Objective: Teaching the visualization strategy. It helps to visualize the text’s message. It helps to better understand what’s being read, and to remember what’s being studied. It’s really useful when used with students who have some kind of reading or writing disorder.



  1. Explanation of the strategy and what it’s good for
  2. Exemplification of the strategy by the adult. Practical demonstration on how to put it in practice.
  3. Guided practice with the students, directed by the adult.
  4. Independent practice by the students.


 Duration: one hour.


Session’s development:

  • “Today, we’ll explain a strategy that helps you understand and remember the messages and texts. Have you ever heard that a picture is worth a thousand words? What does it mean? Effectively, we remember images better than we remember words. So, if we want to understand and remember something, it’ll be easier if we use images, drawings and colors. What methods do comics use? Have you ever seen the comics in the newspapers or magazines, where they criticize something with only one image?” Then, I show them a Forges’ caricature, and then a letter sent to the newspaper criticizing the same thing. “Which one of the two do you see first? Which one do you remember?”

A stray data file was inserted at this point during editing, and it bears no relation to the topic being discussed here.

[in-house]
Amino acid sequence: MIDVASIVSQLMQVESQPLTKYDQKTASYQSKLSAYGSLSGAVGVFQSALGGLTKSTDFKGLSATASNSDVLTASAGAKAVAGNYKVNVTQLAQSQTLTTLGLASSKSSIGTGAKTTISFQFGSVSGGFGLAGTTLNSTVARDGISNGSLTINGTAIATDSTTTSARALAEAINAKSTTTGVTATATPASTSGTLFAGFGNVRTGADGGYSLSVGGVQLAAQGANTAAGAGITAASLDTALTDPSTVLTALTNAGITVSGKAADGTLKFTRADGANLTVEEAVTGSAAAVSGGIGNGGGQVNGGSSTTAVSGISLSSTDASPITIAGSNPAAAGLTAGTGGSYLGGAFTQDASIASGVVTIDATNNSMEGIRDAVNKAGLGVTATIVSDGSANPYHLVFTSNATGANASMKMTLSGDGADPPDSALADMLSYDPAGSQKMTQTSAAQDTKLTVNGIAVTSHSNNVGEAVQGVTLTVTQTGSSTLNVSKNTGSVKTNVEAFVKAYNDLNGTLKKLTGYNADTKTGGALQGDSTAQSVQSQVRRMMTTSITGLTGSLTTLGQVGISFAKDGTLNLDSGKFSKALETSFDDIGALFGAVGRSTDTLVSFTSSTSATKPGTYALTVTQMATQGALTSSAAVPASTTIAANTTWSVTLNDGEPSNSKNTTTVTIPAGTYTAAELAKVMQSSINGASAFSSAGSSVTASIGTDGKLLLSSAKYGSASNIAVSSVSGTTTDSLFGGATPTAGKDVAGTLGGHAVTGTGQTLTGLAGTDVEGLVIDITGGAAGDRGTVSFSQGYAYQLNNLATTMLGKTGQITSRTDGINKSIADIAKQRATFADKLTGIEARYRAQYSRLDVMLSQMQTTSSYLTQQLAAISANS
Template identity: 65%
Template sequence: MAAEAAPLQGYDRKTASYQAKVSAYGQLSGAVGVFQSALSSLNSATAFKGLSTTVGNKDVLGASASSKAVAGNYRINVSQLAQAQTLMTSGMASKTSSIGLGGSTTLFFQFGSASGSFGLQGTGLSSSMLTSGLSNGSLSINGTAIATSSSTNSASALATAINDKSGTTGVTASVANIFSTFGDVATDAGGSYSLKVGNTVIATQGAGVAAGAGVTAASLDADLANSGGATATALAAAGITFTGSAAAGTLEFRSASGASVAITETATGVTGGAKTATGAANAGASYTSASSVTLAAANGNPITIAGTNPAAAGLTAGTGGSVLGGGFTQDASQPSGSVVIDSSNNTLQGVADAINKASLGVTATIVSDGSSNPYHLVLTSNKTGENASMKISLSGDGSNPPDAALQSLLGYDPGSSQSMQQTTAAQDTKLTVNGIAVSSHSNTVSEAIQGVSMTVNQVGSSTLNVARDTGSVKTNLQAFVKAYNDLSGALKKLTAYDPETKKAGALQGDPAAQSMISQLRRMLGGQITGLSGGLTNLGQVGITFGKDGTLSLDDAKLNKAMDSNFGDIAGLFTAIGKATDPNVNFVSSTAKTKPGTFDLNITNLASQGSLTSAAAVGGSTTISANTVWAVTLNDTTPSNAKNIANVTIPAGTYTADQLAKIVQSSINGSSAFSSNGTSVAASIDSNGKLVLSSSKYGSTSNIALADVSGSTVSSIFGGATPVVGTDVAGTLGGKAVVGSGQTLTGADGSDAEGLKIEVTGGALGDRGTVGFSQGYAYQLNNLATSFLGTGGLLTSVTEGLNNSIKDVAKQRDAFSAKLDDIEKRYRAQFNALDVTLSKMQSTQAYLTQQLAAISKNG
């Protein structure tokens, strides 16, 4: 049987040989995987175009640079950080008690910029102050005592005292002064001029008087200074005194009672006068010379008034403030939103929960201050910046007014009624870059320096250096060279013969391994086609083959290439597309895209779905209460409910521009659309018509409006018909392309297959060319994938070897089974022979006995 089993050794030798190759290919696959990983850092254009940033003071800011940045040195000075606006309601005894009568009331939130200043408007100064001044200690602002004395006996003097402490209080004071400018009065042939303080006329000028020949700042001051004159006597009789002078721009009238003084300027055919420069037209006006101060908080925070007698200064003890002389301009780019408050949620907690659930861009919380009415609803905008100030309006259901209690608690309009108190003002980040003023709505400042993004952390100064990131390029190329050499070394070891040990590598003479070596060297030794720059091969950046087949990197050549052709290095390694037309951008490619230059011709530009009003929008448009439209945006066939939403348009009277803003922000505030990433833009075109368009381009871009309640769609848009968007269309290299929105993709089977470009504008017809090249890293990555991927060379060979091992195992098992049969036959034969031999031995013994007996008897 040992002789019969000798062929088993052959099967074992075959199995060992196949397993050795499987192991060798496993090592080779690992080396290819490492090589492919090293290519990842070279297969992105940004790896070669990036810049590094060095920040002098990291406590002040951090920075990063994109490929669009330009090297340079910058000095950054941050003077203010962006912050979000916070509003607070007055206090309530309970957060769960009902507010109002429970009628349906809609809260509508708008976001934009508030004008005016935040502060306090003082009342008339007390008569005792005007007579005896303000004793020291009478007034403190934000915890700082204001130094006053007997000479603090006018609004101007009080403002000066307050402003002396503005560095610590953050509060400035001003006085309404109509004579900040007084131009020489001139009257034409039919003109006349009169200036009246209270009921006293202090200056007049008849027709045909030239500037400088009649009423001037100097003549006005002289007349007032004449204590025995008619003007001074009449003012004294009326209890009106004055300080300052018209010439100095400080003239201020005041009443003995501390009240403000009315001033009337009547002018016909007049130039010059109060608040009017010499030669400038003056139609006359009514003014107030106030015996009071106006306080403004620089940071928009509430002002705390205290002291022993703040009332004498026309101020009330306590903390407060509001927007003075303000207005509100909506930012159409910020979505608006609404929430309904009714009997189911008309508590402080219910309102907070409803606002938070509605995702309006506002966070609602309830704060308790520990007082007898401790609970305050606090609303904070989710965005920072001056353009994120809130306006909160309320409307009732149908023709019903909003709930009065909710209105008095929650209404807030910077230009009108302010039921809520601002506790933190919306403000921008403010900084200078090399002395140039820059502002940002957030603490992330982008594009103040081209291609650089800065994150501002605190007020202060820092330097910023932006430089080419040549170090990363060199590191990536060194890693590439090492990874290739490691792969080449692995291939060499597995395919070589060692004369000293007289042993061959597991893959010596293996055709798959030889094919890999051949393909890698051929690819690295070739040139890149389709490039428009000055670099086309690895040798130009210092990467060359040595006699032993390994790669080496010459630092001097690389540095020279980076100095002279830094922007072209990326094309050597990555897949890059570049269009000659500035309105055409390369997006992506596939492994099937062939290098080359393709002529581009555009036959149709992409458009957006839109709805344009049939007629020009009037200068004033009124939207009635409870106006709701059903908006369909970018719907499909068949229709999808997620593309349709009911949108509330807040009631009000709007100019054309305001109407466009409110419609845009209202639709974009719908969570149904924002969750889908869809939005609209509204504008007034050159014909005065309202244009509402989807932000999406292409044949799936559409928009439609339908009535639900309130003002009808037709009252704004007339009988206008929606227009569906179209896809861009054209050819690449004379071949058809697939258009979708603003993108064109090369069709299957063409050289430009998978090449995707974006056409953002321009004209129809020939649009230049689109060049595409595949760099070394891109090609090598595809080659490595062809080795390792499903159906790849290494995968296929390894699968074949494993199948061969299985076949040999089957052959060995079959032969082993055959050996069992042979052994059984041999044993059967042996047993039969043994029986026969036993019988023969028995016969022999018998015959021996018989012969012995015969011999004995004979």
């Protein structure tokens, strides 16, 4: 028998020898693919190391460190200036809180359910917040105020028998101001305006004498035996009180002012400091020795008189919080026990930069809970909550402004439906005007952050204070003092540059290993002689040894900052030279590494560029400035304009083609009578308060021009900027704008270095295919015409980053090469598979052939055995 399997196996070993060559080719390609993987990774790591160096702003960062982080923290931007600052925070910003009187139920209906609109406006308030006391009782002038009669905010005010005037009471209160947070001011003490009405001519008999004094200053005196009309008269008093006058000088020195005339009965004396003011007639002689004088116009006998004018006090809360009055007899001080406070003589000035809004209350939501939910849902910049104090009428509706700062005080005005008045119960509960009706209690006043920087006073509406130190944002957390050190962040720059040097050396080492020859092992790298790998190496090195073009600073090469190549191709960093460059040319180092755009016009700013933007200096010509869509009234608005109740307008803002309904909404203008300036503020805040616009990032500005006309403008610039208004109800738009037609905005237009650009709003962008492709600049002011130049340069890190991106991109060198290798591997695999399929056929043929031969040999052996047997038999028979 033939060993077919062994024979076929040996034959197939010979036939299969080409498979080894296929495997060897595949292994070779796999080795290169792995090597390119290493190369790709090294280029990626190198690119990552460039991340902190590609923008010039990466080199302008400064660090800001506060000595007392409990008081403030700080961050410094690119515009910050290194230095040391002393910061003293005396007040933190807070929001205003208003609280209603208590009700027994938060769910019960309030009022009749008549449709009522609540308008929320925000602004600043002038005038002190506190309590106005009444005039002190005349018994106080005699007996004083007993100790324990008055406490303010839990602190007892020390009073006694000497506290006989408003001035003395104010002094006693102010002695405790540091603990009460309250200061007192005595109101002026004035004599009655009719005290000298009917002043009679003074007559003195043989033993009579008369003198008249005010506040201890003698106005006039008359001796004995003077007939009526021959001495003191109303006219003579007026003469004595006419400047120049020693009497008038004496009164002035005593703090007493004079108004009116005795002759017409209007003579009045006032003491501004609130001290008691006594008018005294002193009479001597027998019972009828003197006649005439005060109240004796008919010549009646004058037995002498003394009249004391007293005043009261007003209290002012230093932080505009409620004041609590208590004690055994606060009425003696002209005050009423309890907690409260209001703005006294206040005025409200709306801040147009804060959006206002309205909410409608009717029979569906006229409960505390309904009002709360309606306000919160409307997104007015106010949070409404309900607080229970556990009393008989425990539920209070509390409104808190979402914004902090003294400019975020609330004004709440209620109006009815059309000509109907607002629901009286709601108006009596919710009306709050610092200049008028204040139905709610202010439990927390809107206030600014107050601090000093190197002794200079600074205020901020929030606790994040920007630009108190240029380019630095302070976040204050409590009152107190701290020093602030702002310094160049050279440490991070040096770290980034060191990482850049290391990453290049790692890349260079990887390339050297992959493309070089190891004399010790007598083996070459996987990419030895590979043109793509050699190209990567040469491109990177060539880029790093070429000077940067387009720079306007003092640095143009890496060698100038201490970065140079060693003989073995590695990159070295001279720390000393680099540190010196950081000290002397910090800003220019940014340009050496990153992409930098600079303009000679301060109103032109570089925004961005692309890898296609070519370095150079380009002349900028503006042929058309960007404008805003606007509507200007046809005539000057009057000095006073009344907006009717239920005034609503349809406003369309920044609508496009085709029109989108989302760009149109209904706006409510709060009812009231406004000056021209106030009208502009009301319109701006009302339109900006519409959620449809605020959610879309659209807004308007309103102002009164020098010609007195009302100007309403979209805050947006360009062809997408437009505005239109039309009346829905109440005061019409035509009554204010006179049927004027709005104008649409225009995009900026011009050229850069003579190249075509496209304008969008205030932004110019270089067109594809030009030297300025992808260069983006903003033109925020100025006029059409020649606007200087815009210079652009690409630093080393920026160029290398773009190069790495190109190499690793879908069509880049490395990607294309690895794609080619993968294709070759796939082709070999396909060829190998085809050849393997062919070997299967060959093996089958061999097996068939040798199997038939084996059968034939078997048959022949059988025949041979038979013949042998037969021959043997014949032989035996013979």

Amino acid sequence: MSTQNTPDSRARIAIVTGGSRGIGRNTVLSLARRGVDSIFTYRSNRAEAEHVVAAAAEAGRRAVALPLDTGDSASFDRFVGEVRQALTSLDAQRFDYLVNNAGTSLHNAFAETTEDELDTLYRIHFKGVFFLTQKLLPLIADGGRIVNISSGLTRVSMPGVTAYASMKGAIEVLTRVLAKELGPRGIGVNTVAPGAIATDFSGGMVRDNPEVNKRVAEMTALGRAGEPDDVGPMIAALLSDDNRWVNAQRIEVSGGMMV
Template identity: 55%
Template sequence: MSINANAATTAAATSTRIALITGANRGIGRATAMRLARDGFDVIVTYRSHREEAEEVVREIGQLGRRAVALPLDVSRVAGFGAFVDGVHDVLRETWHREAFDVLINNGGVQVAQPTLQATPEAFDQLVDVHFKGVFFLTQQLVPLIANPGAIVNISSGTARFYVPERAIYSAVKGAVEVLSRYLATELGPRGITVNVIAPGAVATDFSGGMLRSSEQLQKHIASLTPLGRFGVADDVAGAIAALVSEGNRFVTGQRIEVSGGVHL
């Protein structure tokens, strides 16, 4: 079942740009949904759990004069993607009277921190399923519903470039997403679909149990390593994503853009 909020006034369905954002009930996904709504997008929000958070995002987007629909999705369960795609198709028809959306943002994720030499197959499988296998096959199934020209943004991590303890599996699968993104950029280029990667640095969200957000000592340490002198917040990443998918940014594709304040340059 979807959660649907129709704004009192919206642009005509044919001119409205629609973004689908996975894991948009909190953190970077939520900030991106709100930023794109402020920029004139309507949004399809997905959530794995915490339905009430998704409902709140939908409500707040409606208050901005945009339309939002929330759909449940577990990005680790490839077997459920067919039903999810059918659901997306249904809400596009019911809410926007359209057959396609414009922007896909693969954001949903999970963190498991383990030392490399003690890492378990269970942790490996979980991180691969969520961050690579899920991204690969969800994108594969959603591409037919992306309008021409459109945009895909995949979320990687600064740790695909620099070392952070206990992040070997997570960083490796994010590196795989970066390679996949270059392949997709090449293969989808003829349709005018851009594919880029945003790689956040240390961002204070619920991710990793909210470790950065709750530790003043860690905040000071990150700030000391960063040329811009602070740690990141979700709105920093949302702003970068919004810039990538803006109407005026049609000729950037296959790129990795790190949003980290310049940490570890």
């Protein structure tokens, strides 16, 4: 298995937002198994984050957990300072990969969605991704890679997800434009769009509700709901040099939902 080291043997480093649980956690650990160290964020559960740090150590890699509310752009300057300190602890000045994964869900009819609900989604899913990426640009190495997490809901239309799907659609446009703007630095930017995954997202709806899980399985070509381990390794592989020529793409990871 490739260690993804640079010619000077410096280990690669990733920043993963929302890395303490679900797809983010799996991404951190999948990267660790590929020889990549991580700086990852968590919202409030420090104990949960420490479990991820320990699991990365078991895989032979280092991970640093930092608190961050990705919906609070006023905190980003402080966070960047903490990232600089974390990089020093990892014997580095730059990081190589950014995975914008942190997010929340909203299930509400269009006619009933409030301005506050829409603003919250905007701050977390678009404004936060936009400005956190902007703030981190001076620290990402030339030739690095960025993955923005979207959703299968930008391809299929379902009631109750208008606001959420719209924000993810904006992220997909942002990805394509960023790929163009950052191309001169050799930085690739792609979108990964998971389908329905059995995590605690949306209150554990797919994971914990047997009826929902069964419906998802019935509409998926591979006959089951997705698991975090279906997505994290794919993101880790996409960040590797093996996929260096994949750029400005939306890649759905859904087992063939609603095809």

• Previewing: “We’ll practice the technique with a text called ‘Who Helps at Home?’ This title makes me think that it’s about a family where some of the children help and some do nothing. Can anyone come up with anything else? We’ll write a hypothesis about the subject of the book, and then we’ll test it.” “This story reflects one of the biggest stress-causing problems… anxiety, depression and even separations. We’ll see what it is about.”
  • Reading the story. The teachers serve as models by reading the text. Then, the students form groups of two and take turns reading parts of the text. They can evaluate their partners on their precision, rhythm and expressivity.

Skills to learn

  1. Inferring: Ask questions about what was read, especially the words in bold. “When the author talks about the firefly, is he talking only about the animal, or could he be talking about human beings? Are there human beings who lose their light? How can they lose it? What did the firefly do to gain it back? What can humans do? Do we have to just lie on a couch and wait? What does it mean? Can we cut memory with a scalpel? Well, with a scalpel and anesthesia. What is the author trying to say? Are all humans glowworms? Do we have light and darkness? Why?”